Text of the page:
The Flip-Side of Gratitude

If you’re anything like me, your desk becomes a wild pile of papers and other sundry items rather quickly. Categorizing things into this or that pile isn’t much of a priority (surprisingly, considering there are only so many piles things can go into). Periodically, I take on the challenge of sorting through this pile of madness, and, like usual, I’m pleasantly surprised at the result.

Among my piles of paid bills, solicitation requests and other house-keeping updates, I had amassed quite a few thank you cards.

I’m a big fan of writing thank you notes. Like most things I’m a fan of, however, it’s often that my enthusiasm for writing thank you notes doesn’t get played out. I can’t tell you how many kind birthday presents or christmas gifts went sadly un-thanked in my life. But that’s another story for another post.

I’m a big fan of writing thank you notes in part because I’m such a fan of receiving them. Gratitude, the act of feeling thanks for an unmerited action, is just as pleasurable a thing to express as it is to receive that expression. You’ve poured your heart into doing something, and though the act of doing that something is itself fulfilling (otherwise, really, why do it?), it’s also immensely gratifying to hear someone say “thank you” for that hard work and heart. Even more, it’s astounding to hear “thanks” for something that you didn’t really pour your heart into–for just being who you are, or for saying a comment that might not have been pre-meditated, but because it was spur-of-the-moment, was that much more lovely.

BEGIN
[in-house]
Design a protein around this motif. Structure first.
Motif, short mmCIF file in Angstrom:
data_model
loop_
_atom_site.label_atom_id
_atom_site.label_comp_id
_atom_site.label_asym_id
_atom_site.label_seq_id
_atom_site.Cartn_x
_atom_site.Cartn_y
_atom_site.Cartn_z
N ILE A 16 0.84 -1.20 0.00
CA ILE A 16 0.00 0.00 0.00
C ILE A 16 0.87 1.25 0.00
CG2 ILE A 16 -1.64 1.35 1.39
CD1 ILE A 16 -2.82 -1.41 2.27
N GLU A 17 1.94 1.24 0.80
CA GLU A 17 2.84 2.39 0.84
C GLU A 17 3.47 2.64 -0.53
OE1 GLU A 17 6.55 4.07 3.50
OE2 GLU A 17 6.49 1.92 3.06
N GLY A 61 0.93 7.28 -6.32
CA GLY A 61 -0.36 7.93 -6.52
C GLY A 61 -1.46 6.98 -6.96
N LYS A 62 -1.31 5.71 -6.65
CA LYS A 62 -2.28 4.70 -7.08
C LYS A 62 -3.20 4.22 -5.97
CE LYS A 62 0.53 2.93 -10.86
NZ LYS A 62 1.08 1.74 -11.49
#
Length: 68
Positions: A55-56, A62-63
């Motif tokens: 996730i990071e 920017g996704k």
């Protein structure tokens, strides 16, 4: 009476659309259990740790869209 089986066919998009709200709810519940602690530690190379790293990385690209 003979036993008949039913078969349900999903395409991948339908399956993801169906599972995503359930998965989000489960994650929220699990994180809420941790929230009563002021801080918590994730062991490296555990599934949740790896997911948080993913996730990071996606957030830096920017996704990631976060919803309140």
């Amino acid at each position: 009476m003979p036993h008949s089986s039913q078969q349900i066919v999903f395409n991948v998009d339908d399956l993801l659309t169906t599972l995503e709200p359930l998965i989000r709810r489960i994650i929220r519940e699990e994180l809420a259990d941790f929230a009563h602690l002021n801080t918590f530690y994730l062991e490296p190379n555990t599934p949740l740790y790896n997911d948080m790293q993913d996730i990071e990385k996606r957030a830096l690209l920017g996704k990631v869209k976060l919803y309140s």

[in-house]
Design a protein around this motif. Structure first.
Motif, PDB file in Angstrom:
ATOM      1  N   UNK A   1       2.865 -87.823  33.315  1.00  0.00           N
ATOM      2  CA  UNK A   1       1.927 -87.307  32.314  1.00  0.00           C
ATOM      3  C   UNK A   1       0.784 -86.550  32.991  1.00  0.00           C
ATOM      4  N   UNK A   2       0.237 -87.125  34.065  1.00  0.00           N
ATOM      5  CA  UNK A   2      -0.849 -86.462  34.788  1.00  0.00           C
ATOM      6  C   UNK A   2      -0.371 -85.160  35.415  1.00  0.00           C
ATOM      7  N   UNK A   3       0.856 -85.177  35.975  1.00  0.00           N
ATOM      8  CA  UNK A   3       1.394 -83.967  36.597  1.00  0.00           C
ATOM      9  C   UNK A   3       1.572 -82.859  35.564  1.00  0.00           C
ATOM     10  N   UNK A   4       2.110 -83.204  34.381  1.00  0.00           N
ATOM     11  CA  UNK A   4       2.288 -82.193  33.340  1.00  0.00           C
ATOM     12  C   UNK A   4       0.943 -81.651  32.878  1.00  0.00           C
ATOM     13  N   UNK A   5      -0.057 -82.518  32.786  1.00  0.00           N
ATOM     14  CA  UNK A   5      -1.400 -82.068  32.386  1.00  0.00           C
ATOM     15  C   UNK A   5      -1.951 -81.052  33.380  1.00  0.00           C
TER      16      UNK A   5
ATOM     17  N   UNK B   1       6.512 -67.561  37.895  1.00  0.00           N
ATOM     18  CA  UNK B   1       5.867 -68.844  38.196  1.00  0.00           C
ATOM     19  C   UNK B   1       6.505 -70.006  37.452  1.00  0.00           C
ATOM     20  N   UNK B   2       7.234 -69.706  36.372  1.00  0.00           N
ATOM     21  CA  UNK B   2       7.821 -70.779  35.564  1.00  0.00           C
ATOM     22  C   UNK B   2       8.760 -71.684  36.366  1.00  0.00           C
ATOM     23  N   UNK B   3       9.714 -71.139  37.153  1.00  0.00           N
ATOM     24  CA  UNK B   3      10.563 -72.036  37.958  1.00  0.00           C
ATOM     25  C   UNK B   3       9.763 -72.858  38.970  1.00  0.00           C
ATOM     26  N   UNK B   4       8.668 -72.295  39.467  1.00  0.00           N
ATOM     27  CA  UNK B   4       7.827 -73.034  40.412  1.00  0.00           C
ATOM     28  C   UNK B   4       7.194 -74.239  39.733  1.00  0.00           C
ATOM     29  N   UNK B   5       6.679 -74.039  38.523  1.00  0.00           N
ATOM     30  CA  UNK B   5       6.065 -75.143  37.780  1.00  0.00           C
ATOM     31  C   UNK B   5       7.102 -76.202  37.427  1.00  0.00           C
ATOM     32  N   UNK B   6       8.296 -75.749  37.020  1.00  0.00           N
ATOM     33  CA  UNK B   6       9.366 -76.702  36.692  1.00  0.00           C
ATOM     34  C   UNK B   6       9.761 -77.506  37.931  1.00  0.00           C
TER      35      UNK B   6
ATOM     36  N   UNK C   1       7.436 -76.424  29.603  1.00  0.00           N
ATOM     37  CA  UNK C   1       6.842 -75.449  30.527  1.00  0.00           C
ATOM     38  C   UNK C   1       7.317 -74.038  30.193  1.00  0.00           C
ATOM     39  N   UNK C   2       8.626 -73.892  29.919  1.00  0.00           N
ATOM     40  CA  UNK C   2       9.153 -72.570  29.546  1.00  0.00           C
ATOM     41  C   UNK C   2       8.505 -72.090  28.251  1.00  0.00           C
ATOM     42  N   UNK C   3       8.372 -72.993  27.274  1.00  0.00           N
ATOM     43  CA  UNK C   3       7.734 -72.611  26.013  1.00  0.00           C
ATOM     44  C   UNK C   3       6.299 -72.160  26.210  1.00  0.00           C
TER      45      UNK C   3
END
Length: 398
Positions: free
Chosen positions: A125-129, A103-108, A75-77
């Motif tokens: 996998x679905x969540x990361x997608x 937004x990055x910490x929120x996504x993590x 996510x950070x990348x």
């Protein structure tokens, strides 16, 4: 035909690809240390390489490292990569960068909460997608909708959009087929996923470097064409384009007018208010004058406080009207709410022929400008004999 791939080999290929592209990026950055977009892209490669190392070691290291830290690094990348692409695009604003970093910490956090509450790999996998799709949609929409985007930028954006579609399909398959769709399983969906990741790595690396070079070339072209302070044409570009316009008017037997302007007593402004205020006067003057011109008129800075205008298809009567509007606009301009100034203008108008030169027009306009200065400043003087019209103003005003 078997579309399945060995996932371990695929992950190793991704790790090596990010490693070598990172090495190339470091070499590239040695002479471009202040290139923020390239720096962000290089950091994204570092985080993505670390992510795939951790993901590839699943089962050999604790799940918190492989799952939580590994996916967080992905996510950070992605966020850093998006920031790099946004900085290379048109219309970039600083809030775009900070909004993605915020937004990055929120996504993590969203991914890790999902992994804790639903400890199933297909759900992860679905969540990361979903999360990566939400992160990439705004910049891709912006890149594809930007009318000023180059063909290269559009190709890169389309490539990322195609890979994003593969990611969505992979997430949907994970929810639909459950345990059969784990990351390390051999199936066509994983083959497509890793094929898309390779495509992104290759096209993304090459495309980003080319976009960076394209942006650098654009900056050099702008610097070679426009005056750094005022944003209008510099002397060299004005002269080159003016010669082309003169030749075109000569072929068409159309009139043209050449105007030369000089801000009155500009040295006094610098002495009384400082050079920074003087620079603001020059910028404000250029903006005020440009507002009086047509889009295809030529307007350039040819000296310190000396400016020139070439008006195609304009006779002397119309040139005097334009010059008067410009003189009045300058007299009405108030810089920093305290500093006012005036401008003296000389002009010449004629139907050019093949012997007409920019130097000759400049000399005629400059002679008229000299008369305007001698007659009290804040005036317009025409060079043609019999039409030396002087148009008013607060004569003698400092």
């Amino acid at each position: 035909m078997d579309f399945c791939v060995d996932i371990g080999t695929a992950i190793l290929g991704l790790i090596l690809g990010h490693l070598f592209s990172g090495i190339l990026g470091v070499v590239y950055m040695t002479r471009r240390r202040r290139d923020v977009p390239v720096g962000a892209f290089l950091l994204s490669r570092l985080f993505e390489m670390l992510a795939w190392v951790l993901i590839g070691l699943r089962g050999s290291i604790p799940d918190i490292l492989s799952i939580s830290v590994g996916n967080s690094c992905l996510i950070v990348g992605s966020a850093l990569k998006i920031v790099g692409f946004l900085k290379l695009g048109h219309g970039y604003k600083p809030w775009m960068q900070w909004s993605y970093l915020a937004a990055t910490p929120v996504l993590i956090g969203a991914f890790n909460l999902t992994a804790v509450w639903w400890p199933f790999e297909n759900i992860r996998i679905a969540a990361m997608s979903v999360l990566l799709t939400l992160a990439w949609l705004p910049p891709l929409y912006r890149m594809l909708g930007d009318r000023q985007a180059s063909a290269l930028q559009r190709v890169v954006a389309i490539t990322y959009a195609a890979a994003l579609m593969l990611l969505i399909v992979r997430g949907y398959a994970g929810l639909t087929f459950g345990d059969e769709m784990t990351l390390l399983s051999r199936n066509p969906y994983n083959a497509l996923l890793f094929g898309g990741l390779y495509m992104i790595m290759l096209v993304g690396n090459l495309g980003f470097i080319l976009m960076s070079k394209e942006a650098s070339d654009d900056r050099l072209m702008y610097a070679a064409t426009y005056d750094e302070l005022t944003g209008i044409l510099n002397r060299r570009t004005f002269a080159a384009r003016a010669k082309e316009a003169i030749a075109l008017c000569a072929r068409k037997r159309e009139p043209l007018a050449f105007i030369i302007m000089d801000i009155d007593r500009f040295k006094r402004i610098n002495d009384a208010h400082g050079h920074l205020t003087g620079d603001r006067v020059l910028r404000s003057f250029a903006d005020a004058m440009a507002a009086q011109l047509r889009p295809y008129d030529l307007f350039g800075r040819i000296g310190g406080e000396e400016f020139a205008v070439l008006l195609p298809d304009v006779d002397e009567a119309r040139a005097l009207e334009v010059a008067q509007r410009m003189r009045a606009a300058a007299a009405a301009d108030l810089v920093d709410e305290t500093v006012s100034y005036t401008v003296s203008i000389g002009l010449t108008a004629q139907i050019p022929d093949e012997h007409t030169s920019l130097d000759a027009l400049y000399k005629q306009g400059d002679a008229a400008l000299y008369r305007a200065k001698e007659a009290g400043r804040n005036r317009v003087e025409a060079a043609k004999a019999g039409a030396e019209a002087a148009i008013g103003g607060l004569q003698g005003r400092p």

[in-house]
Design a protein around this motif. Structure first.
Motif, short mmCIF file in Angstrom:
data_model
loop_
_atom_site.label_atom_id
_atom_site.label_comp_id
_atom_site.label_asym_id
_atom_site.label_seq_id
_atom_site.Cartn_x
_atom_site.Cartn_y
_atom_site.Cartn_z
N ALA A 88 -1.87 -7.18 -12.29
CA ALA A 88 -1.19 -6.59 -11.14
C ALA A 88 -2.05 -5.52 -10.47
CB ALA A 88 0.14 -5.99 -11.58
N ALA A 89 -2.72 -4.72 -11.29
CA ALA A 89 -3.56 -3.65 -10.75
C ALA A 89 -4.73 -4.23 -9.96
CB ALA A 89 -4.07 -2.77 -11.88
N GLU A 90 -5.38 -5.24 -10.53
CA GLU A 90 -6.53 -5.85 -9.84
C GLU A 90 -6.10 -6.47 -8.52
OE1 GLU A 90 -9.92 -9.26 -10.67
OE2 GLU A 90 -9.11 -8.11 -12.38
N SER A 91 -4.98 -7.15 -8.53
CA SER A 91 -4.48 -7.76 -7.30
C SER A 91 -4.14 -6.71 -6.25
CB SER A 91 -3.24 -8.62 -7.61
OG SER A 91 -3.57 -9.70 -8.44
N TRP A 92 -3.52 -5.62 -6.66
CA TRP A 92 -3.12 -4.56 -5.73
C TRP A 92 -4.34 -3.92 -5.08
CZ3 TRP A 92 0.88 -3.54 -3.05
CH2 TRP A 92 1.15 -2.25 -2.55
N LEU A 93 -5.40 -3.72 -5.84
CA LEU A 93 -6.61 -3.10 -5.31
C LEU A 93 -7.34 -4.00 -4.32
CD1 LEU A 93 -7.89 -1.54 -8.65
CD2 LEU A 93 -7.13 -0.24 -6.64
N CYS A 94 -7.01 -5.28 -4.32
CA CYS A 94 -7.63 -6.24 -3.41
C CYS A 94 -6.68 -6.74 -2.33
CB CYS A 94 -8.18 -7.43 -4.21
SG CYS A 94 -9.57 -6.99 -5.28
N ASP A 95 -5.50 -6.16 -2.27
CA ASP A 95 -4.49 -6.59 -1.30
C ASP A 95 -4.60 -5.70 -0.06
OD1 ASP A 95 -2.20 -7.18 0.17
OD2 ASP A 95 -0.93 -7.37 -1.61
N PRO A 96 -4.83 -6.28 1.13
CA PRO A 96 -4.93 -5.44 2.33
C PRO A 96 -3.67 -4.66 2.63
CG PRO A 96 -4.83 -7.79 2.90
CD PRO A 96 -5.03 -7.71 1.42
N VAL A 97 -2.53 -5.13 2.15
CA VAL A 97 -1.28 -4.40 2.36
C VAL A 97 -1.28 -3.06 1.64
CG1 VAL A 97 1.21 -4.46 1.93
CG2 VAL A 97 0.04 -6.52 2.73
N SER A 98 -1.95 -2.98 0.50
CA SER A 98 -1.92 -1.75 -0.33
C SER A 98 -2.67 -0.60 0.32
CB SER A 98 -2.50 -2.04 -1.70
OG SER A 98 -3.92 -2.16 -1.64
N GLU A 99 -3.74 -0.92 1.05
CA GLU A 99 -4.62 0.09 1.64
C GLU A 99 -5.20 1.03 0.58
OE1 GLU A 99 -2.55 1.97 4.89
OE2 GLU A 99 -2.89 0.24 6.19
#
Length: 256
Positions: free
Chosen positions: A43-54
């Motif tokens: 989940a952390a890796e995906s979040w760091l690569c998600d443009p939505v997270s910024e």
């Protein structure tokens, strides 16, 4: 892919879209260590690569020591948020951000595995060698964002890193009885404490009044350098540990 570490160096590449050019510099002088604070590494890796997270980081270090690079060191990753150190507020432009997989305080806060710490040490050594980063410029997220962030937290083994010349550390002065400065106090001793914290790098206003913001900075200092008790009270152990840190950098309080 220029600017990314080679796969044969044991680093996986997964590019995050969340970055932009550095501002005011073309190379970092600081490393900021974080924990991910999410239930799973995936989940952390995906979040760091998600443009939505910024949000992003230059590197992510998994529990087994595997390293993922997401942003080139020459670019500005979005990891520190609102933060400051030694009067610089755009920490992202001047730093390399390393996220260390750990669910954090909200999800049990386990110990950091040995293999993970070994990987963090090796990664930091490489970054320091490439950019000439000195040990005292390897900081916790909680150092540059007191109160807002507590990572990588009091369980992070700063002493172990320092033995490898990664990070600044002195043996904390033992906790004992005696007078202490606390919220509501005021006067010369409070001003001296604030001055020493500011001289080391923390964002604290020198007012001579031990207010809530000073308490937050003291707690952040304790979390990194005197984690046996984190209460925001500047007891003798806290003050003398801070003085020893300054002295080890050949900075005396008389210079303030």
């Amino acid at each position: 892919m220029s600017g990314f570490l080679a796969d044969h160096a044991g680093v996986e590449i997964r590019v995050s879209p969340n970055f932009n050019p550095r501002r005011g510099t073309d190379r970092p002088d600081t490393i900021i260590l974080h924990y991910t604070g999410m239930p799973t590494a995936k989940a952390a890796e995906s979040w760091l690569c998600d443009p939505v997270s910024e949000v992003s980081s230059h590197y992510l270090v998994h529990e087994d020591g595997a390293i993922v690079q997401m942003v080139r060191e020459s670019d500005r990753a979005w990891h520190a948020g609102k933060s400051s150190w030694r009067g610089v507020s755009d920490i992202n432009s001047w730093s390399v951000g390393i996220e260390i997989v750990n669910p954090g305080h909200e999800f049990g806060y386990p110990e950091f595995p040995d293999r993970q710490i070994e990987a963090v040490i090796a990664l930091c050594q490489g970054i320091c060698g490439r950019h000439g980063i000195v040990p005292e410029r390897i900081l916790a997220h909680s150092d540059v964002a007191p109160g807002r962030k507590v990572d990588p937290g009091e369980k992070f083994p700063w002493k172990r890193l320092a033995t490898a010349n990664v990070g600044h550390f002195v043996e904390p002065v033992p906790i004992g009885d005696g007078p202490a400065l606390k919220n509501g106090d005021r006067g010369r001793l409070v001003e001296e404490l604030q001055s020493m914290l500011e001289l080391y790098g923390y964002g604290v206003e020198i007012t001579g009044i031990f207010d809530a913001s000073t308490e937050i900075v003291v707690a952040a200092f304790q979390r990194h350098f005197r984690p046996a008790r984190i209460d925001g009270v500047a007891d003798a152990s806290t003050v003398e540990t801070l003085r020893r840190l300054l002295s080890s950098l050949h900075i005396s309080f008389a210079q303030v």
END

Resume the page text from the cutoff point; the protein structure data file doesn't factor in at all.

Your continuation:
When I cleaned up my desk recently, it was rather overwhelming to see the thank you cards that folks had written to me. Thanks for being a good friend, for visiting someone in the hospital, for making a stole for someone’s ordination, for sharing a good idea, or for having the time to look over someone’s writing.

I understand that a big part of what society expects out of charitable people is that they not spend a lot of time drawing attention to their charity. With the exception of hospitals and institutes being named after the keystone donor, we’re mostly a culture that asks folks to downplay their giving sides.

Well, forgive me for taking pride in acting like a good human being every once in a while.

The flip side of being grateful is that you learn to accept others’ thanks graciously as well. Instead of saying “oh, it was nothing!” and brushing off someone’s thanks, it’s enough to say “it was my pleasure.” Because for most of the kind things that we do, it really is a pleasure to act generously and thoughtfully, to be kindness for each other.

If you’re anything like me, though, you forget that you can act like such a good person. You forget that other folks appreciate you for your kindness and notice when you are thoughtful, talented, and considerate.

So I pinned all of those thank you notes to my cork board. To look at and be reminded.

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